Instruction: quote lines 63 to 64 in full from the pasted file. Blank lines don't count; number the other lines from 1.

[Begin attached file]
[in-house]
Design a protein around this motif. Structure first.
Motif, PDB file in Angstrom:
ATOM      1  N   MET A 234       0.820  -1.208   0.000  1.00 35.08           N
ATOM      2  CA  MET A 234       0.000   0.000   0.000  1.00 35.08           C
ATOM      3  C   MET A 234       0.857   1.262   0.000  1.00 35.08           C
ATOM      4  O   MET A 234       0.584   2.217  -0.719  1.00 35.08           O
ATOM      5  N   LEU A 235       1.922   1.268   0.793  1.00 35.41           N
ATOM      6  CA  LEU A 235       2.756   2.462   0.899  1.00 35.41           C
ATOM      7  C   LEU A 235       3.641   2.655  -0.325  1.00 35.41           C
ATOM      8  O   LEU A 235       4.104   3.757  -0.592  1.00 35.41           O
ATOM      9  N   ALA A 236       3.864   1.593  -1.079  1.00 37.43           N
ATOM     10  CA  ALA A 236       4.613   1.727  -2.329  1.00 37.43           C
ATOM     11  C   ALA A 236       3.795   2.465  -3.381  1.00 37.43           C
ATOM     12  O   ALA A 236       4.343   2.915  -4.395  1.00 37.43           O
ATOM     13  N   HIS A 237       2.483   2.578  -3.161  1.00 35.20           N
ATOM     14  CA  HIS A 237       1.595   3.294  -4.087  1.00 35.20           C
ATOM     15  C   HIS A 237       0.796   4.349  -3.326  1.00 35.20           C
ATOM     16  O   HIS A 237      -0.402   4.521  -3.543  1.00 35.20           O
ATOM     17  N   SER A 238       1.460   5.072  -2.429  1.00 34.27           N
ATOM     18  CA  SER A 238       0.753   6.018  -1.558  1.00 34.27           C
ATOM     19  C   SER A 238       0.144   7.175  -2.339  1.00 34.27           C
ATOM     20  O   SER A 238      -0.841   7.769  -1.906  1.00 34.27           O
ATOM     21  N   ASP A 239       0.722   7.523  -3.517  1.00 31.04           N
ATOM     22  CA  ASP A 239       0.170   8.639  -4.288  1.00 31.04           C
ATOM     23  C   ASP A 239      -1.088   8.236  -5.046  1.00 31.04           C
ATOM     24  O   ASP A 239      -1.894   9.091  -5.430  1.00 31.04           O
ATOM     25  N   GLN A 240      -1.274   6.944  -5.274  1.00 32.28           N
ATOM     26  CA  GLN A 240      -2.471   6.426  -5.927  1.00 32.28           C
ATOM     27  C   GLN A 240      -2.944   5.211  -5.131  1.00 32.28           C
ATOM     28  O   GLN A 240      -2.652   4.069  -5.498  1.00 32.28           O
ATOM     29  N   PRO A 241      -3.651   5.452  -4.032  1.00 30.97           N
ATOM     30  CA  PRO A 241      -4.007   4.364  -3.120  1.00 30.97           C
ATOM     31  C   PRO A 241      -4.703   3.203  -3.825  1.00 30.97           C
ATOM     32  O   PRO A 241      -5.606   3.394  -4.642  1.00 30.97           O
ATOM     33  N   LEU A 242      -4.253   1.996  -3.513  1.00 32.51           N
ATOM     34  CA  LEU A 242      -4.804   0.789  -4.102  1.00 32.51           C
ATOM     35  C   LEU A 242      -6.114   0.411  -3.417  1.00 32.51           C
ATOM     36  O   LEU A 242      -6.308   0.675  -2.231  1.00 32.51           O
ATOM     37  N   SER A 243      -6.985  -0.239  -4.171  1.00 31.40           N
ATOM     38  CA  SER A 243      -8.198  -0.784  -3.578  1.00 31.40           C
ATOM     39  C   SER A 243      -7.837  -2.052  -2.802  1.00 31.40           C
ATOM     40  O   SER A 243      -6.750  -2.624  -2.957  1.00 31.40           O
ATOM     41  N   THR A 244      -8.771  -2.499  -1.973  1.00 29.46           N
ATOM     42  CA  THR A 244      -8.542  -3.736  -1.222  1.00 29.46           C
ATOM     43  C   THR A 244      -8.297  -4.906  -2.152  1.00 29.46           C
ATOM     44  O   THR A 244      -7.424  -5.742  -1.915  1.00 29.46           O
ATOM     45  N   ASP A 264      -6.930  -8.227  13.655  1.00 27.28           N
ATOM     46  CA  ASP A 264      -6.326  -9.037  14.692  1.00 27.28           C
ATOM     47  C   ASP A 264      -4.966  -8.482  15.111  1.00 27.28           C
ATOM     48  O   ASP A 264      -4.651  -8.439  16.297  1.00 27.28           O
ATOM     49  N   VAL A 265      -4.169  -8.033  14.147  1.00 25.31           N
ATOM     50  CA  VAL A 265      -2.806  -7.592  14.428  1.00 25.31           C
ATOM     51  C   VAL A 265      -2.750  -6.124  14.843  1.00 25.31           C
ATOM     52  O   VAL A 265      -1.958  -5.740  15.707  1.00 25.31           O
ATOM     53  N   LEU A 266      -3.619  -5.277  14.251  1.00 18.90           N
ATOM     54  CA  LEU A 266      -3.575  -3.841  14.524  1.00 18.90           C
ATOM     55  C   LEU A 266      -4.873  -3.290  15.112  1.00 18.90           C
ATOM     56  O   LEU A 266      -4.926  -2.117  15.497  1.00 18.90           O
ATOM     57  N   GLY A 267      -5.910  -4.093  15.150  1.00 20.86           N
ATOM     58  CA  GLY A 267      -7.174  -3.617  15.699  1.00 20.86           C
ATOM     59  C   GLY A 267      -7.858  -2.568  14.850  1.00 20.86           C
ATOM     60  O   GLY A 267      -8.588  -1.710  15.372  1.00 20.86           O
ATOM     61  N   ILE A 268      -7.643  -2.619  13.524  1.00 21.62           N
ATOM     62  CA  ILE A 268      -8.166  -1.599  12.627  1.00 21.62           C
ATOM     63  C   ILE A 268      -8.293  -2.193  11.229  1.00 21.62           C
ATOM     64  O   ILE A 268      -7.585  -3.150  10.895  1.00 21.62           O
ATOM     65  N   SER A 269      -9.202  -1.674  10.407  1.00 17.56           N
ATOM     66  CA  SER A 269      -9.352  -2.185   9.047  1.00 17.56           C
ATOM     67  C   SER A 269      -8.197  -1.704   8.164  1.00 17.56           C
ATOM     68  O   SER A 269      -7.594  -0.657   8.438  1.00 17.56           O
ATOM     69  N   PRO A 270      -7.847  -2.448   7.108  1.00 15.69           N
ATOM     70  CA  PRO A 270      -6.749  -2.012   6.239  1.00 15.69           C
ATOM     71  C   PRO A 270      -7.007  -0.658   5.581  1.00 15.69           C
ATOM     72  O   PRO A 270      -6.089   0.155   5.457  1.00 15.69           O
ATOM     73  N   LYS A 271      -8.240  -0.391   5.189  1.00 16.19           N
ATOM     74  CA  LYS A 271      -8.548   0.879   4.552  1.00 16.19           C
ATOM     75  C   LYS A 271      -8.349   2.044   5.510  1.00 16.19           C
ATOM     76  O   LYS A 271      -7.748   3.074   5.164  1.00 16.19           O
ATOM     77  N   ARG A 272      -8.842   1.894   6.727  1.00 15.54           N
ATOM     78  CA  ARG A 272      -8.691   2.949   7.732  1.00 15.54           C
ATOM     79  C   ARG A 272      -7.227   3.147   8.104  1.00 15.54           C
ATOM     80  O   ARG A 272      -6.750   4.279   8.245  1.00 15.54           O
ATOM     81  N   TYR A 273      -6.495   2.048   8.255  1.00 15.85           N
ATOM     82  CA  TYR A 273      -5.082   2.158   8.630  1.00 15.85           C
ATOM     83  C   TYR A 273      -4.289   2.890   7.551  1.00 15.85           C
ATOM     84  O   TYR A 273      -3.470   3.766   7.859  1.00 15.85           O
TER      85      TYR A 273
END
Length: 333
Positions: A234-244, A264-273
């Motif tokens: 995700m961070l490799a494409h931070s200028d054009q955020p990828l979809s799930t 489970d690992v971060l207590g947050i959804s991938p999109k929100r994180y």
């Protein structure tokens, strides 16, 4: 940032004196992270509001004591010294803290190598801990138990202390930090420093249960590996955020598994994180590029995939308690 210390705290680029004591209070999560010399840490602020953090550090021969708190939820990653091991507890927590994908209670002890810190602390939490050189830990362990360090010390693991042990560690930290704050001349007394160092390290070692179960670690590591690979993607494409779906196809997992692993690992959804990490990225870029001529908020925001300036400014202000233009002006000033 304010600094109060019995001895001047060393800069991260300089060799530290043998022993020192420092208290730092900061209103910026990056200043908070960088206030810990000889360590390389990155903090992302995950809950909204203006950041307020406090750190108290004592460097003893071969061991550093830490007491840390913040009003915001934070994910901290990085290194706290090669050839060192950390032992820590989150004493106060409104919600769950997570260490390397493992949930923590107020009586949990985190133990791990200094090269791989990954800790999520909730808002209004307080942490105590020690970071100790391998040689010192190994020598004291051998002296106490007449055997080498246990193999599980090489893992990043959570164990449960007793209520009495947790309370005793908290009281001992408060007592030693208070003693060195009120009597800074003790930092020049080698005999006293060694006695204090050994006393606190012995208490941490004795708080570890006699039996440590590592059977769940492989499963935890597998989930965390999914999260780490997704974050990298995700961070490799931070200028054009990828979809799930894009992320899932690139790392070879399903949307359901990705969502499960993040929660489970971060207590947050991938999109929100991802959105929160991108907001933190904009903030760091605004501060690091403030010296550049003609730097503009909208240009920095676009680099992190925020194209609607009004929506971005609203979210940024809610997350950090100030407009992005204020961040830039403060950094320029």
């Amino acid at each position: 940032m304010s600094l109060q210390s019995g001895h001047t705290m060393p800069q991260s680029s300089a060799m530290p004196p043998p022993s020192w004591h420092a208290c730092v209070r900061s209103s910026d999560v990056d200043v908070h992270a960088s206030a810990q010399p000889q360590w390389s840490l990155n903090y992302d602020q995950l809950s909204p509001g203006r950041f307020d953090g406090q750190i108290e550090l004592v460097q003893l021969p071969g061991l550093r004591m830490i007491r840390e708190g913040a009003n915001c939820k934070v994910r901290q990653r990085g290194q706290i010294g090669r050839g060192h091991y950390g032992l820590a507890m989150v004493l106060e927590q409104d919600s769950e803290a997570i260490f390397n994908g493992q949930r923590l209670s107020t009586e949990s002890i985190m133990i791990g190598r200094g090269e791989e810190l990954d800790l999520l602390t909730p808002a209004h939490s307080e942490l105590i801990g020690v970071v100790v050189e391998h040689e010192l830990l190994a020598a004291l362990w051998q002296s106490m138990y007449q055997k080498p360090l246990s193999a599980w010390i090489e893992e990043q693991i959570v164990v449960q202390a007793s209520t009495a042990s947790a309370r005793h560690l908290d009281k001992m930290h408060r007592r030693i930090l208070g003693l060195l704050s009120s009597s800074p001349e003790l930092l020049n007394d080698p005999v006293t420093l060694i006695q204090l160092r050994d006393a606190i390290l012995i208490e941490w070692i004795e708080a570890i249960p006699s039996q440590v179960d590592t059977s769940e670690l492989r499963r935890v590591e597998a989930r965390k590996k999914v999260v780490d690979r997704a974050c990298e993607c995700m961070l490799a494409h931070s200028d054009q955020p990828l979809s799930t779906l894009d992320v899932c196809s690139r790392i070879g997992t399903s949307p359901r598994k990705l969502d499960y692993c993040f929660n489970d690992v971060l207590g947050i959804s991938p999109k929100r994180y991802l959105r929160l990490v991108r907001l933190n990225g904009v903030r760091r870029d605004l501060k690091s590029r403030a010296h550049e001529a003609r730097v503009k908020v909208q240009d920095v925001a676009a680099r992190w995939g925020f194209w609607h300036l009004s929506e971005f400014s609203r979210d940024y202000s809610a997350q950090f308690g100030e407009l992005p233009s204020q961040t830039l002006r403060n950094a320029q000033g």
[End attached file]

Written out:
ATOM     60  O   GLY A 267      -8.588  -1.710  15.372  1.00 20.86           O
ATOM     61  N   ILE A 268      -7.643  -2.619  13.524  1.00 21.62           N